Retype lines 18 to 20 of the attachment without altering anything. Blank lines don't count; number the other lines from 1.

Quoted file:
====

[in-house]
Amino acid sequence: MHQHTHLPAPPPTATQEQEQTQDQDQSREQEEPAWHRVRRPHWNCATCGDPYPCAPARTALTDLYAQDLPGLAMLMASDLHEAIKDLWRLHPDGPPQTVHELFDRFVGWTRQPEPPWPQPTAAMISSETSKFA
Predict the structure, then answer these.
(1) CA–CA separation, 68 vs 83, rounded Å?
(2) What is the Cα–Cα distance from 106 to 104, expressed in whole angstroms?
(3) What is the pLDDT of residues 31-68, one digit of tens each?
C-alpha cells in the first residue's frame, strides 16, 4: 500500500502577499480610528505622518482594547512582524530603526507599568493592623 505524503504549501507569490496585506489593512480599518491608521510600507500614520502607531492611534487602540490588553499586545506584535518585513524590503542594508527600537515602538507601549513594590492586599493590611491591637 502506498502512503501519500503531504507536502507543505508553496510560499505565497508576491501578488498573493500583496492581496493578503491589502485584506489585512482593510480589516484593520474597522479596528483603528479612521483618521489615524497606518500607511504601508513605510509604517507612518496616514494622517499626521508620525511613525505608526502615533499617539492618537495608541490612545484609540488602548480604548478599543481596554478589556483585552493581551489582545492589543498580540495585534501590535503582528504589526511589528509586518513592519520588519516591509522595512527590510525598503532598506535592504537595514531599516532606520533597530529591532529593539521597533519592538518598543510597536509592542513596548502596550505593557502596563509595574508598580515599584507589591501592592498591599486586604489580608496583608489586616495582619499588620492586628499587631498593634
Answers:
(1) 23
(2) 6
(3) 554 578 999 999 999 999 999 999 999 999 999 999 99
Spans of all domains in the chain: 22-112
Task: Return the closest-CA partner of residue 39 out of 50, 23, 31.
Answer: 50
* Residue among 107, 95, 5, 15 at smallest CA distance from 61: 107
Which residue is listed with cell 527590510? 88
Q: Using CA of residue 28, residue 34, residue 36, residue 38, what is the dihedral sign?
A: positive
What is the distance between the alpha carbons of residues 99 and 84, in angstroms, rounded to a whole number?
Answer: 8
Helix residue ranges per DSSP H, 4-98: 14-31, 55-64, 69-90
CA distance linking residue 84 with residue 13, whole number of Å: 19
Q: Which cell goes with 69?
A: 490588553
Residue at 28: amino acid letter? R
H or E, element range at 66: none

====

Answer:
A: positive
What is the distance between the alpha carbons of residues 99 and 84, in angstroms, rounded to a whole number?
Answer: 8